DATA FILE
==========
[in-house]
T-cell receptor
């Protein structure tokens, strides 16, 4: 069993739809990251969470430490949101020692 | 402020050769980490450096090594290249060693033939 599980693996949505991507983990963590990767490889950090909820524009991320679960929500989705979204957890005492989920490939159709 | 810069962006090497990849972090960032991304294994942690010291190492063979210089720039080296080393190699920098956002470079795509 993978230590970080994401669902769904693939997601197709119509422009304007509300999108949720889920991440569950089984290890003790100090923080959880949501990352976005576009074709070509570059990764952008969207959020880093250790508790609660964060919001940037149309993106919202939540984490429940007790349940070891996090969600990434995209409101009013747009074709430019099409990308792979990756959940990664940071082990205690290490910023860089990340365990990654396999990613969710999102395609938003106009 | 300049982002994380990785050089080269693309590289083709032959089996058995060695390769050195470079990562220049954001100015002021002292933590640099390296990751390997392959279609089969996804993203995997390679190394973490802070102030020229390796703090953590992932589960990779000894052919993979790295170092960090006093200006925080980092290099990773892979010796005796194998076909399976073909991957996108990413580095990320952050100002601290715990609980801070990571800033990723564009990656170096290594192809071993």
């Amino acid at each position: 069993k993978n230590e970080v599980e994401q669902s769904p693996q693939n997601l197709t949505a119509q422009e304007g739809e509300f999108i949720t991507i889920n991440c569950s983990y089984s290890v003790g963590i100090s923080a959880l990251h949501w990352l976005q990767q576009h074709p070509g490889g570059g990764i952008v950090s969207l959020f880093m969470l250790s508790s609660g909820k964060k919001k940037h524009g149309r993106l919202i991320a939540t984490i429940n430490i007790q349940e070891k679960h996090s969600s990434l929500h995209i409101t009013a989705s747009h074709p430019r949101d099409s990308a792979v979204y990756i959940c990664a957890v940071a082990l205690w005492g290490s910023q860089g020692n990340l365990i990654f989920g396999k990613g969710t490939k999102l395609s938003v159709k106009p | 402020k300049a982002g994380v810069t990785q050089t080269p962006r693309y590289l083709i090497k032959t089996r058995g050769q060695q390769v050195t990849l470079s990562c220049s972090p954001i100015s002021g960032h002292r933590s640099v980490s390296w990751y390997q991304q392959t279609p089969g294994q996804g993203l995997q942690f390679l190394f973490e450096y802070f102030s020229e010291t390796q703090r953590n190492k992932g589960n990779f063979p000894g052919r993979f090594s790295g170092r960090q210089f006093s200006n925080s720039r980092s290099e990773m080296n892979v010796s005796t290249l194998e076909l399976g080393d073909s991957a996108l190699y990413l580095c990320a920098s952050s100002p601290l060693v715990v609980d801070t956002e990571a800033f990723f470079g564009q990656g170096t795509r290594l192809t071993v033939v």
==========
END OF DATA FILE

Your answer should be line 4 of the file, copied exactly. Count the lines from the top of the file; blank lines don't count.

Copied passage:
């Amino acid at each position: 069993k993978n230590e970080v599980e994401q669902s769904p693996q693939n997601l197709t949505a119509q422009e304007g739809e509300f999108i949720t991507i889920n991440c569950s983990y089984s290890v003790g963590i100090s923080a959880l990251h949501w990352l976005q990767q576009h074709p070509g490889g570059g990764i952008v950090s969207l959020f880093m969470l250790s508790s609660g909820k964060k919001k940037h524009g149309r993106l919202i991320a939540t984490i429940n430490i007790q349940e070891k679960h996090s969600s990434l929500h995209i409101t009013a989705s747009h074709p430019r949101d099409s990308a792979v979204y990756i959940c990664a957890v940071a082990l205690w005492g290490s910023q860089g020692n990340l365990i990654f989920g396999k990613g969710t490939k999102l395609s938003v159709k106009p | 402020k300049a982002g994380v810069t990785q050089t080269p962006r693309y590289l083709i090497k032959t089996r058995g050769q060695q390769v050195t990849l470079s990562c220049s972090p954001i100015s002021g960032h002292r933590s640099v980490s390296w990751y390997q991304q392959t279609p089969g294994q996804g993203l995997q942690f390679l190394f973490e450096y802070f102030s020229e010291t390796q703090r953590n190492k992932g589960n990779f063979p000894g052919r993979f090594s790295g170092r960090q210089f006093s200006n925080s720039r980092s290099e990773m080296n892979v010796s005796t290249l194998e076909l399976g080393d073909s991957a996108l190699y990413l580095c990320a920098s952050s100002p601290l060693v715990v609980d801070t956002e990571a800033f990723f470079g564009q990656g170096t795509r290594l192809t071993v033939v």